Softball players differ in views of NHFS rules

Aaron Dees, Sports Editor

Utility player Mady Williams tries on a new regulation helmet that the Ladycat team is required to wear during batting.  (PHOTO: Katie Schwartz)
Utility player Mady Williams tries on a new regulation helmet that the Ladycat team is required to wear during batting. (PHOTO: Katie Schwartz)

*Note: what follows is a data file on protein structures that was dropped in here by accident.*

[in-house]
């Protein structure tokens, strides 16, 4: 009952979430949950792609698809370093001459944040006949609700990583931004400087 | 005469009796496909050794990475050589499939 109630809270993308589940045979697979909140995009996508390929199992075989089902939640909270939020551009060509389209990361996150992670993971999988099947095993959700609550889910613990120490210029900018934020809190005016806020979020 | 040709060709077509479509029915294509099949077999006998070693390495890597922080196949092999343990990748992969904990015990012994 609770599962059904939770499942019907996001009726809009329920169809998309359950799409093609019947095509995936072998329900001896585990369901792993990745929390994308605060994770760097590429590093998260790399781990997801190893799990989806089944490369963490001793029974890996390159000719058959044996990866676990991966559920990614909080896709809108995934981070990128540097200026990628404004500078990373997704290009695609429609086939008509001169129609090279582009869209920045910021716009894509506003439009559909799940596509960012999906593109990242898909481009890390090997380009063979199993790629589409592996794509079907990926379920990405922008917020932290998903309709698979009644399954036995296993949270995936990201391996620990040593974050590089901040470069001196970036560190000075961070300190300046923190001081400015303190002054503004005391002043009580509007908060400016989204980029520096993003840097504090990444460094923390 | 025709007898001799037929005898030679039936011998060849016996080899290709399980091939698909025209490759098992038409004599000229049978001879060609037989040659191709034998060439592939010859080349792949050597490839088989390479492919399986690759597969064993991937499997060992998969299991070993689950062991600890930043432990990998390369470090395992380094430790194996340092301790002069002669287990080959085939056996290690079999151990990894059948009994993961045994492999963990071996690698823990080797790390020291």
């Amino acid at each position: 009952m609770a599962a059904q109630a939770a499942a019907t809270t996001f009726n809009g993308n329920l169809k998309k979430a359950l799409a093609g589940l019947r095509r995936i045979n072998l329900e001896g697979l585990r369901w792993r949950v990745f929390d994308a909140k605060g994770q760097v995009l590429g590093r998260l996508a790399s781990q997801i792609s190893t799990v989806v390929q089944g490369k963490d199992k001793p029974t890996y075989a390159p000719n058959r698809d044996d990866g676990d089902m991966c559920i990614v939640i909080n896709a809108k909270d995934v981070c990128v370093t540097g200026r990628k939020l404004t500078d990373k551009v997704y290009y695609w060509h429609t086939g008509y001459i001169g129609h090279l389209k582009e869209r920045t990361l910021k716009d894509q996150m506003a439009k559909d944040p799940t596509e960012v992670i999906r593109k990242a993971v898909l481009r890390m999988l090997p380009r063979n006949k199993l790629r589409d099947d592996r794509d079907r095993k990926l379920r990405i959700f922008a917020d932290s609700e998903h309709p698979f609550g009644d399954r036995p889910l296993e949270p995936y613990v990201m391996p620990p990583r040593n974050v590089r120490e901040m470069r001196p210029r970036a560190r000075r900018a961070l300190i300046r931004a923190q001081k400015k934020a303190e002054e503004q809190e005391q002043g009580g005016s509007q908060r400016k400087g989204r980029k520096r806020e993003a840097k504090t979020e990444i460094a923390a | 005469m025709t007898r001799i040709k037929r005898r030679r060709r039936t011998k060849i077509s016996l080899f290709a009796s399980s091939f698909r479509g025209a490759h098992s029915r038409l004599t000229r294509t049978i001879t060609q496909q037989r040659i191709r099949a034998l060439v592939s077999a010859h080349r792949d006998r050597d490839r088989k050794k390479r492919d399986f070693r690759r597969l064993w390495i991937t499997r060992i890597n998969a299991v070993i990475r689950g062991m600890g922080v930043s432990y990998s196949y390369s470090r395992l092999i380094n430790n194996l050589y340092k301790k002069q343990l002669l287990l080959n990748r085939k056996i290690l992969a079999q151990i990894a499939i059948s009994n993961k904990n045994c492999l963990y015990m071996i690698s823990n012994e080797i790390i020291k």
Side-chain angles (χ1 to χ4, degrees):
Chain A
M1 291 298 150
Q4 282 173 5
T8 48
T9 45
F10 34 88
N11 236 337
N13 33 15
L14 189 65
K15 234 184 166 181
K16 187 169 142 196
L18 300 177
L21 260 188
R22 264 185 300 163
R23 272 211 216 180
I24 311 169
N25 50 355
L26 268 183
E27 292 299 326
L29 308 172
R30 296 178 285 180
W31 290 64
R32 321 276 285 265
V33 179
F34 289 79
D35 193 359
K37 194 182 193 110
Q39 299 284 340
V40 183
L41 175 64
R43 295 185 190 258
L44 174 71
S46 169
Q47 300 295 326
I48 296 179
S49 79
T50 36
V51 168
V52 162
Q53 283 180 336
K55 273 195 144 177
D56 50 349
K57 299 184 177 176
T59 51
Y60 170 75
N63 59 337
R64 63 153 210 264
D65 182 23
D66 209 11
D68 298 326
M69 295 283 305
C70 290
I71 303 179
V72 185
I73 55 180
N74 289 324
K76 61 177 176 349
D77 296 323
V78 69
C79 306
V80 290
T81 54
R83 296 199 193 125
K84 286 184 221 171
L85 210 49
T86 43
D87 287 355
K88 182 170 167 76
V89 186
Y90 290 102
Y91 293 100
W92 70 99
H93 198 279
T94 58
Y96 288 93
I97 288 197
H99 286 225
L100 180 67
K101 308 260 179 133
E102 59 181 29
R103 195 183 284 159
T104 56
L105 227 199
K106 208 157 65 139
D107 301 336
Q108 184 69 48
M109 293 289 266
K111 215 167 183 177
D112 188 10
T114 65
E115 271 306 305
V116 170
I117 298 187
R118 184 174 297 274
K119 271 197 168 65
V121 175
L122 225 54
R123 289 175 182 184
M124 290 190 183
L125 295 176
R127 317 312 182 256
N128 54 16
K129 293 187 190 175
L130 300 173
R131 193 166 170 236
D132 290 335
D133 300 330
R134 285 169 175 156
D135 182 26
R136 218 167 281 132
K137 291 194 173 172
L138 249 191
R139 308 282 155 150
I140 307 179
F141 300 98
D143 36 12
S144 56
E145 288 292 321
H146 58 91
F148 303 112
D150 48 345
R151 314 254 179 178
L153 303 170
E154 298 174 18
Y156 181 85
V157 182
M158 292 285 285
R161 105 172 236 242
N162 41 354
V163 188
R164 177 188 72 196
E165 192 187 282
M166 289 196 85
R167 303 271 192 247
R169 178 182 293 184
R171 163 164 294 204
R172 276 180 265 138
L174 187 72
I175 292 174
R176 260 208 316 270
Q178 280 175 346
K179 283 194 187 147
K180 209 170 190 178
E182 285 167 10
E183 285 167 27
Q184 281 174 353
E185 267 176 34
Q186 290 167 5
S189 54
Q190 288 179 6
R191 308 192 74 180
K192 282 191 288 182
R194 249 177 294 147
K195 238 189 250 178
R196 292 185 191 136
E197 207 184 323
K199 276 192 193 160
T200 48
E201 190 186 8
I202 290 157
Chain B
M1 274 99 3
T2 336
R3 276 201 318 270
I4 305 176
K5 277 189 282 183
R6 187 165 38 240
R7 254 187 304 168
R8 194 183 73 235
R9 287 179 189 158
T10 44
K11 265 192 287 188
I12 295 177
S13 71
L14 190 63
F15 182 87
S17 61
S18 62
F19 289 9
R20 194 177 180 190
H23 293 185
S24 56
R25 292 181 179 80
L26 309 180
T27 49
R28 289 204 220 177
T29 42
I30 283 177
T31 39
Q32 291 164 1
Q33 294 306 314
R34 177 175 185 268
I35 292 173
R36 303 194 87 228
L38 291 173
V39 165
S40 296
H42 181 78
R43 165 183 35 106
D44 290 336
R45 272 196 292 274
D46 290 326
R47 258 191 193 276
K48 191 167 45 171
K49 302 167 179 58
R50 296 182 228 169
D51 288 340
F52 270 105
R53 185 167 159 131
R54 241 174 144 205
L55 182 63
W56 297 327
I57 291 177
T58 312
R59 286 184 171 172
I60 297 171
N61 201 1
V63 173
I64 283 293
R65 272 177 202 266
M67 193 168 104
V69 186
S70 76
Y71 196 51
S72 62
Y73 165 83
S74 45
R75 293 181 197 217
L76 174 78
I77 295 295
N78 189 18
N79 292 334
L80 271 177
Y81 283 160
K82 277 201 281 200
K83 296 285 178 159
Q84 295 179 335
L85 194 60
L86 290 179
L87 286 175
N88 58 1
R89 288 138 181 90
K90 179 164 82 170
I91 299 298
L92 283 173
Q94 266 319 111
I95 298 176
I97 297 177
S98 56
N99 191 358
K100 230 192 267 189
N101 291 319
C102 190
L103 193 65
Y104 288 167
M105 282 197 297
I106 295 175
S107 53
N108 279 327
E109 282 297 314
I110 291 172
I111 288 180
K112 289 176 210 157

Every year, there are rule changes throughout the nation for high school sports. Softball is one sport where change is not uncommon. The regulations can be areas as small as legal attire or as big as base running. Some points of emphasis this year are interference and obstruction. Who is in charge of altering the rule book? The National Federation of State High School Association is. A new factor in this year’s softball season is the limitations on batting helmets. The athlete may not wear one with a glare or mirror-like surface. “I do not think the helmets are that big of a deal. They are only distracting if you let them be during the activity,” says senior Allie Johnson. Another regulation that is enforced is that helmets may not be the same color as the ball. Some argue this is reasonable, and there are athletes who are indifferent. This rule is similar to one in baseball that says a pitcher cannot wear white sleeves mentioned several baseball players, mainly because the possibility of an advantage since the ball will blend in. “I don’t see the point in changing the rules every year,” says senior Tiah Ditto. Several of the softball girls feel the same way about the rules, and would rather not have to worry about legal attire. In most cases the rule changes are minute, but one must be up to date on them so she does not get penalized for it.